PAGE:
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Church construction boom in Arlington Diocese

First slide

It’s been more than 30 years since parishioners of the 126-year-old St. Paul Mission in Hague  have worshipped in a proper church. In 1982, termites destroyed the building, forcing the community into a parish hall that seats only 160, said Parochial Vicar Father Andrew J. Heintz. During the summer tourist season, its standing room only at their four Sunday Masses. 

Since then, the parish has been saving money to build a new spiritual home, from fundraising at the annual spaghetti dinner or the recent capital campaign. Now, they have an architectural plan and hope to move forward with in the next few years. 

Architect James McCrery, a graduate of Bishop O’Connell High School in Arlington, created designs for several diocesan upcoming projects, including St. Paul. He described the new church as traditional, colonial style, and “clearly Catholic but clearly Virginian.” The 300-seat church will have a bell tower, stained glass windows and a statue of St. Paul in a nook above the front door. 

St jude watercolot

St. Jude Church in Fredericksburg is scheduled to be completed in 2018.

St. Paul is one of six parishes building a new house of worship. St. Ambrose Church in Annandale, St. Patrick Church in Fredericksburg and St. Mary of Sorrows Church in Fairfax are replacing existing structures, while St. Jude Church in Fredericksburg and Corpus Christi Church in South Riding are building permanent churches for the first time. 

In total, there are currently $164 million worth of diocesan construction projects planned, though $70 million of that is going toward the new Paul VI Catholic High School building in South Riding. Several projects are set to be completed in 2019 or 2020. 

“It’s going to be a busy couple of years,” said diocesan Planning Manager Bob Nashed. 

The ambitious new projects are a necessity as communities outgrow small, older facilities. But underneath the practical need, the pending church designs show the great desire for more traditional church buildings.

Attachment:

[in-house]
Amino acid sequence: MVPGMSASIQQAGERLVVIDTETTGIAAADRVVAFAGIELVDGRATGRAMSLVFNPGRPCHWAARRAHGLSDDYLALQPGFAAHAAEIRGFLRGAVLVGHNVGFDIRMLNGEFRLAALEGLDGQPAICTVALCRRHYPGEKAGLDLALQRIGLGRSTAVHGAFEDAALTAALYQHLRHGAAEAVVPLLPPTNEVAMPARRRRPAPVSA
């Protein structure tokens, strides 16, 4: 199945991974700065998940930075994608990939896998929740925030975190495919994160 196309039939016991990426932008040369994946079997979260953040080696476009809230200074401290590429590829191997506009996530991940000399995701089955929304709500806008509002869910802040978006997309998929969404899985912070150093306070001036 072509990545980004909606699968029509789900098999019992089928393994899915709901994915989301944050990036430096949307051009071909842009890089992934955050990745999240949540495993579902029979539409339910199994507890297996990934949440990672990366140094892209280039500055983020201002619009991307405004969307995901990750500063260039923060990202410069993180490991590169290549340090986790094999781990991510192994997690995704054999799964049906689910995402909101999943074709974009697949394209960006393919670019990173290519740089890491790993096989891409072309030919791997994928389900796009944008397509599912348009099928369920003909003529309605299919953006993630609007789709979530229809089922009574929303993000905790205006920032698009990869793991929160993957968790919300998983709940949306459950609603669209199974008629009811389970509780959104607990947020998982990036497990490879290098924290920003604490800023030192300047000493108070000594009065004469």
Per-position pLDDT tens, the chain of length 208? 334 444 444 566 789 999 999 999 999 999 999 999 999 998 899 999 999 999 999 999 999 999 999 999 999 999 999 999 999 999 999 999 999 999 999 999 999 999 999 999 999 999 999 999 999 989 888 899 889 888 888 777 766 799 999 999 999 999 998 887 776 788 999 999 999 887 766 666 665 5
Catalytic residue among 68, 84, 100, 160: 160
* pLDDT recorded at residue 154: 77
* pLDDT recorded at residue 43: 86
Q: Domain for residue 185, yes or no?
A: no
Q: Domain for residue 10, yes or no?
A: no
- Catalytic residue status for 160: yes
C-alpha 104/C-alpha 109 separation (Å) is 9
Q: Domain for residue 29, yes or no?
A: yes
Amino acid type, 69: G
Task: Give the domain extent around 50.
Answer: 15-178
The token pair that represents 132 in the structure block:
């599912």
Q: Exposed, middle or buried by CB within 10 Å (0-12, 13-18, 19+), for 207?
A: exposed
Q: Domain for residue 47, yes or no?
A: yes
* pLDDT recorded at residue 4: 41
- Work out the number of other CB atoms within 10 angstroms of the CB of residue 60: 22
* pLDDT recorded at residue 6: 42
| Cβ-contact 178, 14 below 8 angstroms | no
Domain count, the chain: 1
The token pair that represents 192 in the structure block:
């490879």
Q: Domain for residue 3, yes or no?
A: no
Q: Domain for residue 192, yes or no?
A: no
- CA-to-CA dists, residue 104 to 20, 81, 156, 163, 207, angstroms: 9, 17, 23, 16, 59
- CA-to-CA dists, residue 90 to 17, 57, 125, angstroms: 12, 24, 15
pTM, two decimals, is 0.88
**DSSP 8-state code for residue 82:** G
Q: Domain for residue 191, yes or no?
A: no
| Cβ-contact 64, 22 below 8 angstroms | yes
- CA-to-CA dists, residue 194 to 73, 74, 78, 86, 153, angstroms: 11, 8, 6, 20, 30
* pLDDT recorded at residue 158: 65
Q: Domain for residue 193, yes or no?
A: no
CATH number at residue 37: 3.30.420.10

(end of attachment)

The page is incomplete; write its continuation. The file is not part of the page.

“The church carries with it millennia of architectural tradition. Only in the last 50 years has there been a willingness to set all of that history aside,” said McCrery. “People like to be part of something new …  (and there has been) a thirst for beauty that has gone unquenched for a very long time.” 

The prevailing theme for upcoming projects, Nashed echoed, is churches built in the cruciform style, facing east with towering heights. 

St. Patrick is replacing both its church and school to accommodate the growing number of people in the Fredericksburg area. But the pastor, Father John A. Zeigler, mentioned that the new structure will not look like the old church — a relatively short, brick building with a steeple and colonnade. 

 “(The new church) will be a nice, very simple, elegant sanctuary. …  It should triple the seating capacity (and be) a traditional-looking Catholic church,” said Father Zeigler.

As with many of the other churches, raising money for the project has been a years-long labor of love for parishioners. St. Patrick has been fundraising since 2013, and now has $5 million pledged, said Father Zeigler.

But before the site plan and the budget, churches have to decide if they can no longer put money into an aging structure or continue to celebrate overflow Masses — in short, is there a compelling reason to build something new?

Starting in 2009, St. Ambrose hired professionals to conduct a feasibility and planning study for the possibility of a new church, then discussed the results in multiple town hall meetings. Five years later, the bishop approved the plan to move forward.

st ambrose interior

With the new building, St. Ambrose Church in Annandale will be able to accommodate more worshipers.

The current church in the round design will be replaced with forward-facing pews, a rose window at the entrance, vaulted ceilings and a cornerstone taken from a crypt near the tomb of St. Ambrose in Milan. 

A parishioner told Pastor Father Andrew J. Fisher with the new church, “visitors should feel that they are entering a sacred place, somewhere different from this world, a place that turns our hearts to thoughts of eternity,” In addition to major construction, the diocese is working on several smaller fixes. Some churches will update or expand rectories or parish halls. Some want more traditional art or liturgical furnishings, or to relocate the tabernacle to a place of greater prominence within the sanctuary. Others will replace old lighting with LEDs and install more efficient heating and cooling systems.

Whether big or small, the construction projects show the willingness of diocesan Catholics to give time, talent and treasure to their beloved spiritual homes. “It speaks well to a strong Catholic community here,” said Nashed. 

Church construction in the diocese 

St. Ambrose Church in Annandale

New church and rectory

$10.8 M

800 seats 

Estimated completion — 2019


Corpus Christi Church in South Riding

New church on new site

$17 M

1,200 seats

Estimated completion — TBD


St. Mary of Sorrows Church in Fairfax

New church and parish center

$16 M

1,200 seats

Estimated completion — 2019


St. Patrick Church in Fredericksburg

New church and school

$10 M

Seating capacity — unknown

Estimated completion — 2020


St. Jude Church in Fredericksburg

New church on new site

$5.9 million

700 seats

Estimated completion — 2018 

Learn more: St. Jude’s recent groundbreaking


St. Paul Church in Hague

New church

$4 million 

300 seats 

Estimated completion — TBD


© Arlington Catholic Herald 2016